Credit: Alain McLaughlin
Every investment has an impact. The question is, will the impact be positive or negative, and will it complement or contradict your philanthropic goals?
If you are interested in using your fund’s investment capital for social good, we can help in a variety of ways:
Allocate all or a portion of your fund to the investment pools offered by SVCF, or recommend an impact investment advisor to manage a custom portfolio.
Social Impact Pool
This long-term, globally diversified investment option incorporates double-bottom-line investments and investment managers that integrate environmental, social and governance (ESG) factors into their decision-making process.
Capital Preservation Pool
This short term investment option holds cash equivalents and FDIC insured bank deposits. A portion of the pool is allocated to Community Development Financial Institutions (CDFIs) that lend to nonprofits, small businesses and individuals in low-income communities.
Individually Managed Fund
You may recommend an impact investment management firm or trusted investment professional to construct and manage a custom impact portfolio for your donor advised fund. To learn more about our Individually Managed Fund program contact us at email@example.com or 650.450.5444.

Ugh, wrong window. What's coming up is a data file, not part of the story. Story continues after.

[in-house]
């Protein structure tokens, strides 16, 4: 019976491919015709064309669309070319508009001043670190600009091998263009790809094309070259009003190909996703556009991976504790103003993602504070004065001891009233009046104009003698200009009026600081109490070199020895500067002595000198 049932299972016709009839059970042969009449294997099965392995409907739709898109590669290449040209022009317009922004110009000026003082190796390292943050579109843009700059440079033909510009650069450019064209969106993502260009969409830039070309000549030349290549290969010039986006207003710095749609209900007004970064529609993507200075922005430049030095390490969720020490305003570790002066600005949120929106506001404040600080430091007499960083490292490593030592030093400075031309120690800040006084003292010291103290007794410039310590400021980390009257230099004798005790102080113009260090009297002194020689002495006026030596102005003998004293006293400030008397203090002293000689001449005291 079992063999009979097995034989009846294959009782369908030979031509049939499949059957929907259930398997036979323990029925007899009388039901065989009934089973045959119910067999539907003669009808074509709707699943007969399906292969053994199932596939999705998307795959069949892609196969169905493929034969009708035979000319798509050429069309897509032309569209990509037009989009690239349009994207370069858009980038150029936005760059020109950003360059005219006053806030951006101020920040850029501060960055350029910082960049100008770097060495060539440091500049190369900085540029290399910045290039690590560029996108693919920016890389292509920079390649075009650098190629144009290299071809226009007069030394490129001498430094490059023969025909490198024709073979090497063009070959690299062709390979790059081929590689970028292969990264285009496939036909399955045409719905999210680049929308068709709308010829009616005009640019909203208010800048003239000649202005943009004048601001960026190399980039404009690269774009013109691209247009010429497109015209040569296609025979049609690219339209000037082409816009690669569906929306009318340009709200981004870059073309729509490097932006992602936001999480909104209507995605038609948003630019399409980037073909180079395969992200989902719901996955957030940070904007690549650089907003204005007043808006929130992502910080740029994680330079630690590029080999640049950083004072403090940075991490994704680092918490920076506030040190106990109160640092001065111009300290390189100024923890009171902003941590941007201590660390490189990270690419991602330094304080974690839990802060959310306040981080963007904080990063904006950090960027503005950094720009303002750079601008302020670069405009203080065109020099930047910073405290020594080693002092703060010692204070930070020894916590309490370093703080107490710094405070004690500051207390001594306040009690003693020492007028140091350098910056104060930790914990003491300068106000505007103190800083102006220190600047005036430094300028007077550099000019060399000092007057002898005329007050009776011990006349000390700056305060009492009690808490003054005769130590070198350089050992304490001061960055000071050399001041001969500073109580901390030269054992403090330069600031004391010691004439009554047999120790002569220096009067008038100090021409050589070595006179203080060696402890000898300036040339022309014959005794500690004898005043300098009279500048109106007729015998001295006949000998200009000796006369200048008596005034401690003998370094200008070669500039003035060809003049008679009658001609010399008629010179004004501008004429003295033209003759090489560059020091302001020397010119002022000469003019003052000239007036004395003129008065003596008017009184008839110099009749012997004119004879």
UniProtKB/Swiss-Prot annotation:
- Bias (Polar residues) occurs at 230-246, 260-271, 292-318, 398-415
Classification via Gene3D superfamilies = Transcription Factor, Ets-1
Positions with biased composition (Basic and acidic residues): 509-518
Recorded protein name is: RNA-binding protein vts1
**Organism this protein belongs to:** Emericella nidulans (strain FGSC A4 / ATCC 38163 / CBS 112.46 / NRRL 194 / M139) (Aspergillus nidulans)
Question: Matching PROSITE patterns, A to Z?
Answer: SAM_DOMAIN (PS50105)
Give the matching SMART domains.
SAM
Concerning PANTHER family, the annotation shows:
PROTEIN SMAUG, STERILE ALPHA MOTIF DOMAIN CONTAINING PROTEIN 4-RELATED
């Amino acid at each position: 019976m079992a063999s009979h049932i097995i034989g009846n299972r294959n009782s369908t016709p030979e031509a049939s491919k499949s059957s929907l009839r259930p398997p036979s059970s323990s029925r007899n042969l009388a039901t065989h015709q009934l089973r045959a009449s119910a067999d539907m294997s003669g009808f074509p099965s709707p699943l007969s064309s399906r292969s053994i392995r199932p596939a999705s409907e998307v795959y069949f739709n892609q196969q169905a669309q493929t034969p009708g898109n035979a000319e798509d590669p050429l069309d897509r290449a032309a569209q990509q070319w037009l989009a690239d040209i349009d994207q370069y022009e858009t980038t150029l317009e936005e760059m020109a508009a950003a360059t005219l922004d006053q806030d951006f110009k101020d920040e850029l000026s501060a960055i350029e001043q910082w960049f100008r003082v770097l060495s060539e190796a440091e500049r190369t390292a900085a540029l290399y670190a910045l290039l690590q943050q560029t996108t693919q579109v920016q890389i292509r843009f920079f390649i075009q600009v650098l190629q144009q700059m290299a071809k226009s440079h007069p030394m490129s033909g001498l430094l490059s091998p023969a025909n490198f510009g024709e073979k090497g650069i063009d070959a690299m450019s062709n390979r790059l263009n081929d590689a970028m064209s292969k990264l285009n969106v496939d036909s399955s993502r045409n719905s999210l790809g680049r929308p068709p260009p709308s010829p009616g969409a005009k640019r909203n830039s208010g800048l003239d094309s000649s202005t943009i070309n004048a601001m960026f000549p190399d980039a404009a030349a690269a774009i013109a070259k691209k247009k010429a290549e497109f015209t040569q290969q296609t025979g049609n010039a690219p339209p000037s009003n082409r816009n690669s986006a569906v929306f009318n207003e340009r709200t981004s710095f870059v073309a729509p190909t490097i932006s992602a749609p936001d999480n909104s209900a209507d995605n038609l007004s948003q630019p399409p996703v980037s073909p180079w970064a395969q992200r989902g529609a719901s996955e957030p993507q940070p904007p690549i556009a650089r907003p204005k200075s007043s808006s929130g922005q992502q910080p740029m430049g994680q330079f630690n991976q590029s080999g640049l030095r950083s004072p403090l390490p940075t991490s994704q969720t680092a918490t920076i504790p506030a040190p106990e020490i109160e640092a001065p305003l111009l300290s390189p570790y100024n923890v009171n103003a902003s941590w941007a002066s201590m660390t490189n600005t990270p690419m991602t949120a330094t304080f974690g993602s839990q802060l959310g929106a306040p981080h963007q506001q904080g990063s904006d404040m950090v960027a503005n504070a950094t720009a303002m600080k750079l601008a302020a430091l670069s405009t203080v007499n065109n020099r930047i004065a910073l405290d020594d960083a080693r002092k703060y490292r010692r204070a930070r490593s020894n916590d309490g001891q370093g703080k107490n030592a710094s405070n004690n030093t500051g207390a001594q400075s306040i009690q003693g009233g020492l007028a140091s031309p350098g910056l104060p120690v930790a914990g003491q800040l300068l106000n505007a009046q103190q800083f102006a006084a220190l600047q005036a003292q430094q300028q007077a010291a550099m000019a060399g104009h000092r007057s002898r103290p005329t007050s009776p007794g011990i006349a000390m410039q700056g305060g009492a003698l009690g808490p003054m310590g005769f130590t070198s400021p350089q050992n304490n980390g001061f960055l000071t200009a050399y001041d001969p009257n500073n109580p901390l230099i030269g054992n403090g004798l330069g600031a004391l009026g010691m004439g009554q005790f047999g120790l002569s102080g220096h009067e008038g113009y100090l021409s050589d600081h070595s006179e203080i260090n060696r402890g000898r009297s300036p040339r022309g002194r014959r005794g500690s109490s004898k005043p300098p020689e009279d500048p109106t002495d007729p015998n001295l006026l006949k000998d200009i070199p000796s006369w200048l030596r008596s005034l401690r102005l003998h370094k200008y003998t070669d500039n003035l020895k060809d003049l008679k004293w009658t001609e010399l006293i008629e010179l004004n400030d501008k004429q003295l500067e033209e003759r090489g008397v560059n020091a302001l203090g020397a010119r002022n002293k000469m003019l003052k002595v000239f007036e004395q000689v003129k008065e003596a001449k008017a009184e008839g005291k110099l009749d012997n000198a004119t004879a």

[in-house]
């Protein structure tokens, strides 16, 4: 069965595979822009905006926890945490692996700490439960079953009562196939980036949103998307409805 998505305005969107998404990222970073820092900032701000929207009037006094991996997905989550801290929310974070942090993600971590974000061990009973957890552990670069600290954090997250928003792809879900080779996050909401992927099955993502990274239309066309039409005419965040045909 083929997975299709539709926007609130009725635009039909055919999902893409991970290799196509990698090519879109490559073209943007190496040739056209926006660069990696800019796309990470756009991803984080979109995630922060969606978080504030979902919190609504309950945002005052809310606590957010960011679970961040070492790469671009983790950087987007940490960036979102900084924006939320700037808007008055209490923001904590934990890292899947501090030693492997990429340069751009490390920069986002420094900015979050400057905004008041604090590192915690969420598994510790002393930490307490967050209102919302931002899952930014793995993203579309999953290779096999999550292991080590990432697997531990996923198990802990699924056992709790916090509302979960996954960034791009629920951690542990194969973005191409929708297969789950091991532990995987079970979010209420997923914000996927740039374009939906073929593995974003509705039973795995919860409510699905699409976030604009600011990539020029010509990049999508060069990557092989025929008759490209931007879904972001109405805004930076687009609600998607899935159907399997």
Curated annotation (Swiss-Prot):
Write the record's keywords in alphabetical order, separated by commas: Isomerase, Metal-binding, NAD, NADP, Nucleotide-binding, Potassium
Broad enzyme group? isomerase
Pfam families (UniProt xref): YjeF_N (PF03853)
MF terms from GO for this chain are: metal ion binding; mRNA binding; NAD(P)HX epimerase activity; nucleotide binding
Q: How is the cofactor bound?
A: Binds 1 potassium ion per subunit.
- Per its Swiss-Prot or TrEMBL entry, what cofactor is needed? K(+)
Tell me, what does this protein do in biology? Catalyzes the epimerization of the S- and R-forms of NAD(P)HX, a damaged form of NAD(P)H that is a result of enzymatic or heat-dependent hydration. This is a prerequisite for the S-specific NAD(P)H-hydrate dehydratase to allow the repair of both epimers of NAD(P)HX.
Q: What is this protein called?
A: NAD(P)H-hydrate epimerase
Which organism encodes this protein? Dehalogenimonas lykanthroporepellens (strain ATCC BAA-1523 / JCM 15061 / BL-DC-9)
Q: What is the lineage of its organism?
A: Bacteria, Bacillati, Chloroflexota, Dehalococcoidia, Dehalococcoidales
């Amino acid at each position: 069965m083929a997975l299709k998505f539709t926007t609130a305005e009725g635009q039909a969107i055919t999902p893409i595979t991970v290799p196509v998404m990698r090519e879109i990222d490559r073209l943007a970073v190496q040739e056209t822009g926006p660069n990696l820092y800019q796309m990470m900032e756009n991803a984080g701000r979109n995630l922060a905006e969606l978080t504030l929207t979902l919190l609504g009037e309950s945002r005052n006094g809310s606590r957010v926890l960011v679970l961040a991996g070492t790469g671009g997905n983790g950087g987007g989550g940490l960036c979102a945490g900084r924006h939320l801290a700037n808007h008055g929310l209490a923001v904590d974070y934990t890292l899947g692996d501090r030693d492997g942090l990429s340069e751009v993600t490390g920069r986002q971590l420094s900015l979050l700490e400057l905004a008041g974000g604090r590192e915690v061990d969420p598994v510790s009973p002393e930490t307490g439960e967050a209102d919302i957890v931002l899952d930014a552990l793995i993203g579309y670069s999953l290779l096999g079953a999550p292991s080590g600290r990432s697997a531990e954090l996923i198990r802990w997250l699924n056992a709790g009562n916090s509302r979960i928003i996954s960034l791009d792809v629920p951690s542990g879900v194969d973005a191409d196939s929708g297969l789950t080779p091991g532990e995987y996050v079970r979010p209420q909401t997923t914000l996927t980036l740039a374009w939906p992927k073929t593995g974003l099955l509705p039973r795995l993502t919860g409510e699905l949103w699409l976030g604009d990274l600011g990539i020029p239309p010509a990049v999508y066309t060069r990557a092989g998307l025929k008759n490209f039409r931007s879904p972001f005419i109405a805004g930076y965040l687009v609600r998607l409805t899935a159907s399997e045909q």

Direct investments in equity, debt or guaranties of social enterprises, structured as program-related or mission-related investments, are possible though SVCF’s Customized Philanthropy Services. Our expert staff will assist you in assessing these options, conducting due diligence and monitoring results. Learn more by contacting us at firstname.lastname@example.org or 650.450.5444.
Mission-related investments seek to generate a measurable beneficial social or environmental impact alongside a market-rate financial return. These investments are generally made in for-profit social enterprises as part of a mission-aligned investment portfolio or strategy.
Program-related investments or “PRIs” are defined by the IRS as an investment in which the primary purpose is to significantly further a charitable purpose. Financial gain cannot be a significant purpose, and funds cannot be used to influence legislation or fund political activities. The recipient of a PRI may be a nonprofit or for-profit social enterprise. Unlike a mission-related investment, PRIs are not expected to produce market-rate returns.